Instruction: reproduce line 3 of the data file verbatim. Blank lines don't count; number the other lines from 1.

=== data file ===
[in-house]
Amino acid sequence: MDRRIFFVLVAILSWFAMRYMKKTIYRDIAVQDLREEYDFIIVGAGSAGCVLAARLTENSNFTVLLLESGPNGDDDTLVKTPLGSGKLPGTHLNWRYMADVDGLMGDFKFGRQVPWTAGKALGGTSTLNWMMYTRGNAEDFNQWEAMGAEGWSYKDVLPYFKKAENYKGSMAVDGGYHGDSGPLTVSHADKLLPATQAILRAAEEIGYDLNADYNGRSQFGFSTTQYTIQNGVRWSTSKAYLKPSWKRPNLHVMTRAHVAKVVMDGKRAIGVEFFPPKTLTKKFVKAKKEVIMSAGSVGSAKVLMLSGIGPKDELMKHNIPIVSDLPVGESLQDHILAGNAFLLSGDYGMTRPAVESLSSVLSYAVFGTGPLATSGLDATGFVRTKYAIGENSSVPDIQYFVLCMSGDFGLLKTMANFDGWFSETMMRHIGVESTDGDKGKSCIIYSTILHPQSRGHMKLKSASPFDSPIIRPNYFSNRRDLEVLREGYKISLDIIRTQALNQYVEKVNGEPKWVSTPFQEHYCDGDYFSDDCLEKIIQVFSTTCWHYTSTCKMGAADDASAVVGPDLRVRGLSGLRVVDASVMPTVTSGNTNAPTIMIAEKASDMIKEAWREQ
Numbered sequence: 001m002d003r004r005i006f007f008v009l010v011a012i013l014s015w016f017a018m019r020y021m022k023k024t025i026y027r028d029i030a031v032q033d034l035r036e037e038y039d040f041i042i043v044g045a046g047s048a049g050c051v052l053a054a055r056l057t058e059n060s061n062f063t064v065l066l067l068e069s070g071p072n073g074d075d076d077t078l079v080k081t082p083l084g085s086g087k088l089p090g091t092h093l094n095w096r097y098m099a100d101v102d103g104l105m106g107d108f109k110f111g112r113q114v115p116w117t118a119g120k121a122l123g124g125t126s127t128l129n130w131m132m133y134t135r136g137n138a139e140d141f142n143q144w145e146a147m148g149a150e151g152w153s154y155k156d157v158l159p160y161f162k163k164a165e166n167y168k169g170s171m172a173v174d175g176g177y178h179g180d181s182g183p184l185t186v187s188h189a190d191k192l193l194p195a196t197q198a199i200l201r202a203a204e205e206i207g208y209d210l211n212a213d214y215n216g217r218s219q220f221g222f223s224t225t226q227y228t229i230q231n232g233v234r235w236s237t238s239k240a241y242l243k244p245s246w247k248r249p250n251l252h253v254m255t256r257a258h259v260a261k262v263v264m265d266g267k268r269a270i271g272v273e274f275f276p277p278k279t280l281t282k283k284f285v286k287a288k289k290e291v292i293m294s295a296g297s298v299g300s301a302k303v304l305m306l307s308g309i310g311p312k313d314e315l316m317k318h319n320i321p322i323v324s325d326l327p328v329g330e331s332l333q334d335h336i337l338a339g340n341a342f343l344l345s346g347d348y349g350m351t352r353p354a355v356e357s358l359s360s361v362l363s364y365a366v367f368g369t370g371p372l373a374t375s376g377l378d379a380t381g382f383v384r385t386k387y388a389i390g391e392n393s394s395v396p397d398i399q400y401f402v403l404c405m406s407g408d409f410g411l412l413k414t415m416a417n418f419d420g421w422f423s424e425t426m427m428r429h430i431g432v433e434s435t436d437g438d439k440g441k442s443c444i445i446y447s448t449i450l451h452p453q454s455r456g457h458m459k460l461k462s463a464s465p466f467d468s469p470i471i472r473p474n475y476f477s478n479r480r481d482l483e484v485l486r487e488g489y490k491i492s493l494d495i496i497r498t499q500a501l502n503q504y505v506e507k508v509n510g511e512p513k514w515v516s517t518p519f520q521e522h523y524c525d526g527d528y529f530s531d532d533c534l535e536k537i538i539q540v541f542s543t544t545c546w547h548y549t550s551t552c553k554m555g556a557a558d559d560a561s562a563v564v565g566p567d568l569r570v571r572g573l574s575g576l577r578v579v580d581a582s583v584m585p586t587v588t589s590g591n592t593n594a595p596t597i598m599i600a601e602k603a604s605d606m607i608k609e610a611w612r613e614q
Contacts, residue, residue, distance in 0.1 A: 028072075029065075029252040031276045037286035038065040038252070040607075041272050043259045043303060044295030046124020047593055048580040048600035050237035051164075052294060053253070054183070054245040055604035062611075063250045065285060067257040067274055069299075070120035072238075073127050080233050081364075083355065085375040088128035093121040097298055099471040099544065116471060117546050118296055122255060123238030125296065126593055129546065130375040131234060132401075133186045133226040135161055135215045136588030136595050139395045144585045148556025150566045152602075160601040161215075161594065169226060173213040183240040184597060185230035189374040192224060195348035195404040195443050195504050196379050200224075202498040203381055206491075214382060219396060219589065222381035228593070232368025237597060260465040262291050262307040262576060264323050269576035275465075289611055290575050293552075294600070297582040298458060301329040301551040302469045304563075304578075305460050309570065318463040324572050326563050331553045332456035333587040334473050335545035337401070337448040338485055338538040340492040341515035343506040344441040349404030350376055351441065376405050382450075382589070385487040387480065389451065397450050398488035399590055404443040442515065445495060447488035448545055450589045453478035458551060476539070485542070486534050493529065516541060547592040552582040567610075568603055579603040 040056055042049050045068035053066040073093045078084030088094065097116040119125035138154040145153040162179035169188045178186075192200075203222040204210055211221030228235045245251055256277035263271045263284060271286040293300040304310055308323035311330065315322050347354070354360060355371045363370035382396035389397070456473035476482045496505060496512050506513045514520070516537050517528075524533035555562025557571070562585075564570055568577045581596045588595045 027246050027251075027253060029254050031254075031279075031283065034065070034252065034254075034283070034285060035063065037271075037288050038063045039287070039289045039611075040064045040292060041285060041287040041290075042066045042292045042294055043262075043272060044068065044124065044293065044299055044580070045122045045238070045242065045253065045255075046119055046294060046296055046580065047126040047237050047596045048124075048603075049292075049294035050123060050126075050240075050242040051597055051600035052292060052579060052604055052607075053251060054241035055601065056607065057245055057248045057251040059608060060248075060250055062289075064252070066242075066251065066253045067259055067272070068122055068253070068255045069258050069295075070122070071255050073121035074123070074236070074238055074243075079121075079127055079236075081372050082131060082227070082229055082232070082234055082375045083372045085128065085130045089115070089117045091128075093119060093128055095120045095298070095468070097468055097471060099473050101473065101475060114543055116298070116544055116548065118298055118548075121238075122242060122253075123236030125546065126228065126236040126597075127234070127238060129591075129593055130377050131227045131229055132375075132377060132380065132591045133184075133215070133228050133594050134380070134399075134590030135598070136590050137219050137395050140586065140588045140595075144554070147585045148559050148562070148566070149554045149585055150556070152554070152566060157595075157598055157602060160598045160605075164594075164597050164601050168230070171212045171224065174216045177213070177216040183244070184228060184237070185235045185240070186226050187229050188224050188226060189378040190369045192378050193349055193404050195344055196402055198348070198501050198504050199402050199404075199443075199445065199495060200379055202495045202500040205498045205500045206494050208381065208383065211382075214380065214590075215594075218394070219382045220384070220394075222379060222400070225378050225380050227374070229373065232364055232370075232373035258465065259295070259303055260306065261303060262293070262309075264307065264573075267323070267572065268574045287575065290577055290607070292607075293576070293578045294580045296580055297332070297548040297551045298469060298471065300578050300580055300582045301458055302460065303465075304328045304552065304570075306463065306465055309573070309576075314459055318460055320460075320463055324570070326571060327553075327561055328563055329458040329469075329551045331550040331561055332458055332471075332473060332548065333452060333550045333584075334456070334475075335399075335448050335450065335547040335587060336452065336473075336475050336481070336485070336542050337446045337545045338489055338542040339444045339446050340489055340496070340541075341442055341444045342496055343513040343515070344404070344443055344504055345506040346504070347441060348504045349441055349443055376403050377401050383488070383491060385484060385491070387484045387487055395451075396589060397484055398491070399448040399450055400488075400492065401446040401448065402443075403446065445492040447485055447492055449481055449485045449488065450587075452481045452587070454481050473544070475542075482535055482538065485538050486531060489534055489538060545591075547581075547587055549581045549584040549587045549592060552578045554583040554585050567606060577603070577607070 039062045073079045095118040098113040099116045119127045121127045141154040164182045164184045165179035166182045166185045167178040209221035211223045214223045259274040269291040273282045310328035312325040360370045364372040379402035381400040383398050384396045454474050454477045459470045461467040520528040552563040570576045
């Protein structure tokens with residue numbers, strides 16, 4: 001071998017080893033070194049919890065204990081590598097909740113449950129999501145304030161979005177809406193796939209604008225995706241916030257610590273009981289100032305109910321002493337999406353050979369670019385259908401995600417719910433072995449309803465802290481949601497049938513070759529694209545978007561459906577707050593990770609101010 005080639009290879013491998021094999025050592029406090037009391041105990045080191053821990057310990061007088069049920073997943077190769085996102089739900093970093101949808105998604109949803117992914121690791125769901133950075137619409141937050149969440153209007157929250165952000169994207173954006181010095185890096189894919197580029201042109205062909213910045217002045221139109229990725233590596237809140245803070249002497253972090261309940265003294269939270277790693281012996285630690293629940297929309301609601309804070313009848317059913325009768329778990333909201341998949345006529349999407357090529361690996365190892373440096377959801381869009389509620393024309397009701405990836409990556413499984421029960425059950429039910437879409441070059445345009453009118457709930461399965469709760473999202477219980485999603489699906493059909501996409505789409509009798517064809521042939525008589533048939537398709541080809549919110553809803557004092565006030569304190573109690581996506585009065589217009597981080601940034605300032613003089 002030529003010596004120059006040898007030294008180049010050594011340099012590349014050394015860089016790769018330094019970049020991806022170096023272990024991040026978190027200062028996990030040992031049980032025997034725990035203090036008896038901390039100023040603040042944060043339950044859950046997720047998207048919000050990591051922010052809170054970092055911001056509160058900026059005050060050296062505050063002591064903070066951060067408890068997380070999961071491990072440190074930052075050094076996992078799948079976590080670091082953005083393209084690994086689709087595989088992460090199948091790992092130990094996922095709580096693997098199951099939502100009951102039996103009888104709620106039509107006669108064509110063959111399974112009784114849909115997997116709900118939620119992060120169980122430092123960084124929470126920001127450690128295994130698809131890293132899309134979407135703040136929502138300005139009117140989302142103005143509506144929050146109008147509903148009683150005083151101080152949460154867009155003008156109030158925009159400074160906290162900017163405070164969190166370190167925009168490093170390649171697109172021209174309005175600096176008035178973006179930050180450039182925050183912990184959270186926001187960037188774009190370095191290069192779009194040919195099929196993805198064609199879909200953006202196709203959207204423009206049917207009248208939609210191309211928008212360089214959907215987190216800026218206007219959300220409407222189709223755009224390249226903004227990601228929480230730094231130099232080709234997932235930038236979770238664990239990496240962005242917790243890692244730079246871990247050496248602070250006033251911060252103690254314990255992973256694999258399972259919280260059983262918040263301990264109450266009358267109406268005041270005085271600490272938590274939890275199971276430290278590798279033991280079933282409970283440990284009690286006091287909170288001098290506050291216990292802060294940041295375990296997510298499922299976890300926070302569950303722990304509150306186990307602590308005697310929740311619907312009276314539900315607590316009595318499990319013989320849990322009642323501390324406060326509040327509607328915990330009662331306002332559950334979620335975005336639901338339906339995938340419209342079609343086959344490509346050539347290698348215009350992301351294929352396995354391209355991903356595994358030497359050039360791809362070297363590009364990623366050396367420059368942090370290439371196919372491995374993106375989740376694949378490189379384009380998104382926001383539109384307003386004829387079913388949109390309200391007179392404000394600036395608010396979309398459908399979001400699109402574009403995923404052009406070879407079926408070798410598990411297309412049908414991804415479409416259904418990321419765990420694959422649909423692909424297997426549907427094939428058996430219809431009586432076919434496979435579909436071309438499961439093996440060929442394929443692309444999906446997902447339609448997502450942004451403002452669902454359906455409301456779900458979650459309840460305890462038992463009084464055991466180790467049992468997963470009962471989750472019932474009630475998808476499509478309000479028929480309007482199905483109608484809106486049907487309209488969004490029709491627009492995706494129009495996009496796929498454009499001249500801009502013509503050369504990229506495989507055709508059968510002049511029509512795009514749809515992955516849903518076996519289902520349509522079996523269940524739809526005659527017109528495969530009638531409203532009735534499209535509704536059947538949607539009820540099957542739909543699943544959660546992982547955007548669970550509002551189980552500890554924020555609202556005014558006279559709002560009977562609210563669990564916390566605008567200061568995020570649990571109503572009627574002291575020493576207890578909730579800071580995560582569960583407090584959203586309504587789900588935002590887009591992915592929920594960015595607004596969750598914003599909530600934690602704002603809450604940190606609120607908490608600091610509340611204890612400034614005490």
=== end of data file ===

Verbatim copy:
Numbered sequence: 001m002d003r004r005i006f007f008v009l010v011a012i013l014s015w016f017a018m019r020y021m022k023k024t025i026y027r028d029i030a031v032q033d034l035r036e037e038y039d040f041i042i043v044g045a046g047s048a049g050c051v052l053a054a055r056l057t058e059n060s061n062f063t064v065l066l067l068e069s070g071p072n073g074d075d076d077t078l079v080k081t082p083l084g085s086g087k088l089p090g091t092h093l094n095w096r097y098m099a100d101v102d103g104l105m106g107d108f109k110f111g112r113q114v115p116w117t118a119g120k121a122l123g124g125t126s127t128l129n130w131m132m133y134t135r136g137n138a139e140d141f142n143q144w145e146a147m148g149a150e151g152w153s154y155k156d157v158l159p160y161f162k163k164a165e166n167y168k169g170s171m172a173v174d175g176g177y178h179g180d181s182g183p184l185t186v187s188h189a190d191k192l193l194p195a196t197q198a199i200l201r202a203a204e205e206i207g208y209d210l211n212a213d214y215n216g217r218s219q220f221g222f223s224t225t226q227y228t229i230q231n232g233v234r235w236s237t238s239k240a241y242l243k244p245s246w247k248r249p250n251l252h253v254m255t256r257a258h259v260a261k262v263v264m265d266g267k268r269a270i271g272v273e274f275f276p277p278k279t280l281t282k283k284f285v286k287a288k289k290e291v292i293m294s295a296g297s298v299g300s301a302k303v304l305m306l307s308g309i310g311p312k313d314e315l316m317k318h319n320i321p322i323v324s325d326l327p328v329g330e331s332l333q334d335h336i337l338a339g340n341a342f343l344l345s346g347d348y349g350m351t352r353p354a355v356e357s358l359s360s361v362l363s364y365a366v367f368g369t370g371p372l373a374t375s376g377l378d379a380t381g382f383v384r385t386k387y388a389i390g391e392n393s394s395v396p397d398i399q400y401f402v403l404c405m406s407g408d409f410g411l412l413k414t415m416a417n418f419d420g421w422f423s424e425t426m427m428r429h430i431g432v433e434s435t436d437g438d439k440g441k442s443c444i445i446y447s448t449i450l451h452p453q454s455r456g457h458m459k460l461k462s463a464s465p466f467d468s469p470i471i472r473p474n475y476f477s478n479r480r481d482l483e484v485l486r487e488g489y490k491i492s493l494d495i496i497r498t499q500a501l502n503q504y505v506e507k508v509n510g511e512p513k514w515v516s517t518p519f520q521e522h523y524c525d526g527d528y529f530s531d532d533c534l535e536k537i538i539q540v541f542s543t544t545c546w547h548y549t550s551t552c553k554m555g556a557a558d559d560a561s562a563v564v565g566p567d568l569r570v571r572g573l574s575g576l577r578v579v580d581a582s583v584m585p586t587v588t589s590g591n592t593n594a595p596t597i598m599i600a601e602k603a604s605d606m607i608k609e610a611w612r613e614q